Kevin:            [44:36] Yeah. You fill the orders, so.

Interviewer:  [44:38] Yeah. It’s funny that site. I couldn’t believe nobody had potholders. I guess it’s not a big thing. It’s funny cause in her your video actually like it says like “we’re raising money for the bums” or something like that. I told her what to say. Gosh, she was five years old when we did this. Anyway.

Kevin:            [44:59] That was what, four or five years ago? Three years ago?

Interviewer:  [45:01] Yeah. Well she’s 10.

Kevin:            So, so five years ago. Wow.

Interviewer:  [45:05] Me and time just— I would tell people this, I’m like— My parents always told me like, your kids, enjoy them cause they go so fast. Once they like move into the asset column you can have a conversation with them, they can get you a beer, you know what I’m saying? Like it does, just once you can do stuff with them. And one of my friends who, well it’s my godson, that kid went from like eight to 18 overnight. It’s just like—

Kevin:            [45:37] My daughter was, we’re at this amusement place and they had— It was in Tokyo and they had this grabber, like those grabber machines again, you see them in every mall, the crane machines. And she was like, “dad I’m looking, nobody’s winning. Like, who’s winning here?” And I’m like, “Oh, the guy that owns it it’s winning.” She goes, “well he’s not even here.” And I’m like, “that’s right. He’s not here. And he’s winning.” She’s like, “I got it. So he comes at night, he gets all the money, puts it back in and he can buy whatever he wants?” And I’m like, “and he gets first pick on the toys too.” And so now I’ve been investigating in it like you can go rent these machines their a couple of thousand bucks, you can probably buy them on eBay for $1,000. But I’m like, wouldn’t it be cool to get a machine and set it up and be like, “this is your little business. You load it with the toys you don’t want, kids come in and feed it a couple bucks and they can pick out toys.” But what’s incredible is I’ve been reading about it, there’s actually a setting on these things. It’s like a slot machine. How often do you want them to win? It’s like, basically the claw never works, and then you just set it from zero to 99 of how many weak claws, and then until it does a strong claw. And so it’s just this deep setting. You set the thing in the back and they said “we recommend about five to get people really happy and motivated, but if you want to milk it out, set it to 25 and the thing will only win one out of 25 times.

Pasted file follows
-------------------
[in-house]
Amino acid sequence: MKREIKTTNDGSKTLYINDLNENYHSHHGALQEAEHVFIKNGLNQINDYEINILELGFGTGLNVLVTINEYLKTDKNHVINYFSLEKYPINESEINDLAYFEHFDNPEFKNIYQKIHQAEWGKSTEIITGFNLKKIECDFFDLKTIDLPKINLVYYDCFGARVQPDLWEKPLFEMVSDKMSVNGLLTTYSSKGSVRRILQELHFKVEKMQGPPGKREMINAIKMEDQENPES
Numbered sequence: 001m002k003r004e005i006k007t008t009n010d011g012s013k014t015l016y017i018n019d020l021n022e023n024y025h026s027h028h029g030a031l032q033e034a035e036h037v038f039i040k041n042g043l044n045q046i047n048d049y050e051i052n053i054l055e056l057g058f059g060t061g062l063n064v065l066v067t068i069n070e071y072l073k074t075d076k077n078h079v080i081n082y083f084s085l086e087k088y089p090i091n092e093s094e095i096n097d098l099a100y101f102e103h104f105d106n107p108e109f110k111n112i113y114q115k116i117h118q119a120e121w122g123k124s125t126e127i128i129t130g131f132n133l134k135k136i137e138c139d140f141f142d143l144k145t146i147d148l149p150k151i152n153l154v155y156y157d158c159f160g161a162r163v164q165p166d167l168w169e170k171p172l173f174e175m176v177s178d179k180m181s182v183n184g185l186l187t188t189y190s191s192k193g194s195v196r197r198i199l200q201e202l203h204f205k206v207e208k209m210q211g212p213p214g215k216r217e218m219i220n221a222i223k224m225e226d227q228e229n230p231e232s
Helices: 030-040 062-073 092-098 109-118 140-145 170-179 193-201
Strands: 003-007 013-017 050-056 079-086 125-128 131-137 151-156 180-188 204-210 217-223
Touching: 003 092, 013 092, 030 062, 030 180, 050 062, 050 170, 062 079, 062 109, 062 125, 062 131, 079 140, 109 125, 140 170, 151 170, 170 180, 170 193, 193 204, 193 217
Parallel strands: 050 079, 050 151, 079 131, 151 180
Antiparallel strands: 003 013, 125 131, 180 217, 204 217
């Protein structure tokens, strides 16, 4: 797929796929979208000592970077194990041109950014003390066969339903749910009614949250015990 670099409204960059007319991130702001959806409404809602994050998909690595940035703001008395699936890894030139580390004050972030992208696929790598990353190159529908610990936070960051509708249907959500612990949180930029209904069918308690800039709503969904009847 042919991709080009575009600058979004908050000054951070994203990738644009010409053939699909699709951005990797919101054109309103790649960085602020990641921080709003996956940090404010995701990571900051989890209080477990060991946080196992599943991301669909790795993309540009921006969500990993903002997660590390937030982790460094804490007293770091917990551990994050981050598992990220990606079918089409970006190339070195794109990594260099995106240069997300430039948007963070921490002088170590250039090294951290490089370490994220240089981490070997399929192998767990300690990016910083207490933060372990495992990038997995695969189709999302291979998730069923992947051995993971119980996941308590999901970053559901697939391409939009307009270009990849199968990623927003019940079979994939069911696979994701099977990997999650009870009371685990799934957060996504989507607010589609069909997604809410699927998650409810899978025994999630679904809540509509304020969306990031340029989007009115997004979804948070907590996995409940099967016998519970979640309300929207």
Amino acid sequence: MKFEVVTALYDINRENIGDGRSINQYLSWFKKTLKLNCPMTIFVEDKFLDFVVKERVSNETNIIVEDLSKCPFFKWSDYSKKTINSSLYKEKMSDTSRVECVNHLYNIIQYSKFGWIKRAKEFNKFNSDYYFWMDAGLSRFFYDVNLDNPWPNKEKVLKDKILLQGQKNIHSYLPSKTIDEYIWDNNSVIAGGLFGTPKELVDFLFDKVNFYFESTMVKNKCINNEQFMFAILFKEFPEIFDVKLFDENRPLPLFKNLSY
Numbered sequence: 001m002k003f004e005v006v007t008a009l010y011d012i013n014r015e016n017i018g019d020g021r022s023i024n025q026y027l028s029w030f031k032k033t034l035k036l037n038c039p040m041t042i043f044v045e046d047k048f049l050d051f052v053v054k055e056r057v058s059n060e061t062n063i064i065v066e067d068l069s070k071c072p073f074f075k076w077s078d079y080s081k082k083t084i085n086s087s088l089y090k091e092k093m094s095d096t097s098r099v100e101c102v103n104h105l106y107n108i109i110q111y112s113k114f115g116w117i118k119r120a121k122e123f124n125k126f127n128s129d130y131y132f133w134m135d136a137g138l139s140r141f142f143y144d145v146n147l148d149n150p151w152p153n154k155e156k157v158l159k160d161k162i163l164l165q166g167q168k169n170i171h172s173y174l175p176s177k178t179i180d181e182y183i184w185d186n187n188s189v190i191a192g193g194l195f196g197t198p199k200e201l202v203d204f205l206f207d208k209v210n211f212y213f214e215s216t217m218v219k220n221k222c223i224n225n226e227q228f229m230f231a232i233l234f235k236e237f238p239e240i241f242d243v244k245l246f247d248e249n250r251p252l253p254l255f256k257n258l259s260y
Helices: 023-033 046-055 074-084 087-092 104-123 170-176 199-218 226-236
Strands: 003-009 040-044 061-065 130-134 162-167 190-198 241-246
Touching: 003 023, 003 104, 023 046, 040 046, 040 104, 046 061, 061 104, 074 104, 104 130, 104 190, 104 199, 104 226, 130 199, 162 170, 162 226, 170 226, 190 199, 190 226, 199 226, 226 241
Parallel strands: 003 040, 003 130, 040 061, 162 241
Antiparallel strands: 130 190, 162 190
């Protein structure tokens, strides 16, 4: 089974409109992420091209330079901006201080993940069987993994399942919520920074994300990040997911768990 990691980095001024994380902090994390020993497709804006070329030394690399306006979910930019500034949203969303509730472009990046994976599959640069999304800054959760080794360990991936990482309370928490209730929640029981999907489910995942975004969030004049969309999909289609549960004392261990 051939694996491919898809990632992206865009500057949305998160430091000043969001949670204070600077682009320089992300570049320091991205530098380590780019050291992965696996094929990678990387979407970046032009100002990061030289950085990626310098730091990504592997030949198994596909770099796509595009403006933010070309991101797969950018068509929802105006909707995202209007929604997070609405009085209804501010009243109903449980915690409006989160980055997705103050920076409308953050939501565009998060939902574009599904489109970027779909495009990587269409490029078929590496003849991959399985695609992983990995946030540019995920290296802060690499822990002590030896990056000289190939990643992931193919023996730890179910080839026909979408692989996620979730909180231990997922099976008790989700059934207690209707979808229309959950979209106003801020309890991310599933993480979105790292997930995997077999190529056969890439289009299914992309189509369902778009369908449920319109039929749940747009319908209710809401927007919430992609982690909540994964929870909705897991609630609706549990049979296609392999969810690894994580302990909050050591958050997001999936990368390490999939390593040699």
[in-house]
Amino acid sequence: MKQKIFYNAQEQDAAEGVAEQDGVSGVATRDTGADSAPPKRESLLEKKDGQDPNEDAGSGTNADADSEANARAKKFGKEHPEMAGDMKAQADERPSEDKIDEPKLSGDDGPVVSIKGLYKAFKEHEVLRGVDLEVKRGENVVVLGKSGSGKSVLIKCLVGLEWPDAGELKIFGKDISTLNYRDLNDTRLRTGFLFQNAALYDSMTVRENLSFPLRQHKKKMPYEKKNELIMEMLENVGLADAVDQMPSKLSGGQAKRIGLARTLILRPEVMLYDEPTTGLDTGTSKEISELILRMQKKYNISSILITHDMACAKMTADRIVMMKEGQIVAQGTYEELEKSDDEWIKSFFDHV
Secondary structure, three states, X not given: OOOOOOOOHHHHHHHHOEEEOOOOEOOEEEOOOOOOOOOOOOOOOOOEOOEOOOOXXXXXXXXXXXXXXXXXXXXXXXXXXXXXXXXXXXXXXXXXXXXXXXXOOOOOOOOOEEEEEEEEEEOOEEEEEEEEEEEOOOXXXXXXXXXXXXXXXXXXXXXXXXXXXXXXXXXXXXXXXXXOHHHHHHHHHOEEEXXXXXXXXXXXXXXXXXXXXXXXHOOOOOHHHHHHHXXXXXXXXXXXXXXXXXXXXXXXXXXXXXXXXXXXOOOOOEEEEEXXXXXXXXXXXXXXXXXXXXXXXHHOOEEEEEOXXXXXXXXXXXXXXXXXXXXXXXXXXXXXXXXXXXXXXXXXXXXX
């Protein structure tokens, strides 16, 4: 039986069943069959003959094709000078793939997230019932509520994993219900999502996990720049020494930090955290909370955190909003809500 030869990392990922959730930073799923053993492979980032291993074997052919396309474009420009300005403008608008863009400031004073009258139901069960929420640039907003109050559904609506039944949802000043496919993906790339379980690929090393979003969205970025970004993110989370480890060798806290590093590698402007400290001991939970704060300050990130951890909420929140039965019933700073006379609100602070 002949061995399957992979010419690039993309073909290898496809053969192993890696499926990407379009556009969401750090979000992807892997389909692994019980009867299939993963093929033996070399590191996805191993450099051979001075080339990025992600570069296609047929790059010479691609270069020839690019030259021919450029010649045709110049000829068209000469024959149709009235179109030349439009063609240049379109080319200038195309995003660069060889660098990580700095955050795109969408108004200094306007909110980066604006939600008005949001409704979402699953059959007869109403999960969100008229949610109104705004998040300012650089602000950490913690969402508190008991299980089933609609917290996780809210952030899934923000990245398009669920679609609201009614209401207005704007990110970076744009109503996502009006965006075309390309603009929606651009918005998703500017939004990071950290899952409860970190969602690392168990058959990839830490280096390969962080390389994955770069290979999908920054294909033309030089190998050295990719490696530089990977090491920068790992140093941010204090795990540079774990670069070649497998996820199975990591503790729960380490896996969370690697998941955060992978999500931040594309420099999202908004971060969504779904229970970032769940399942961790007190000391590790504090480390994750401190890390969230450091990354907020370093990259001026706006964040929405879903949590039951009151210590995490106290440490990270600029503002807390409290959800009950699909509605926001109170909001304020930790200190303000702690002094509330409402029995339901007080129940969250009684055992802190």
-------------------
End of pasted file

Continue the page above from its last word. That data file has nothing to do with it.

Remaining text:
Interviewer:  That’s awesome.

Kevin:            It’s all about clustering. And so it’s literally like a binary thing. You’re setting it in there. How often. But I thought that was a great experience. So when she was like, “well, who’s winning here?” And I was like, “yeah, the person that’s winning is whoever owns this. He or she is not here.”

Interviewer:  [47:09] So, when you— Okay, so jumping— I’ve wanted to ask you, so I talked about my position where it’s just like what I want to do for the rest of my life, and really, my kids are my legacy. So I try to spend as much time with them as I can. And just yesterday I took my oldest at night or my youngest [inaudible] golfing, it was just me and her and whatnot. And so it’s just like, but you know, you are in a position better than me, like financially. But it’s like what keeps you motivated? I’m sure you have some sort of earnout to stay at Microsoft, or incentive or some part of that deal, I’m guessing.

Kevin:            [47:50] Yeah. I mean, the motivation is really about having fun, right? Like, I mean, part of it is you got to have fun with your doing. You have enough that hey, I can make my rent payment. Hey, I have the car that I want or whatever, and you know. But you’ve got to have fun with what you’re doing, and I think you could argue that, “Hey, you could just go home and sit at home and play video games all day” and I’m not a big video gamer, so that would be super depressing cause I’d lose all the time. But I think the bigger thing is you’re having fun doing what you’re doing. And I earnestly like building companies, I earnestly like building things. I love watching outlook grow. I love watching doing what we’re doing and watching the impact of what me and my team have, right? And I think—to me right?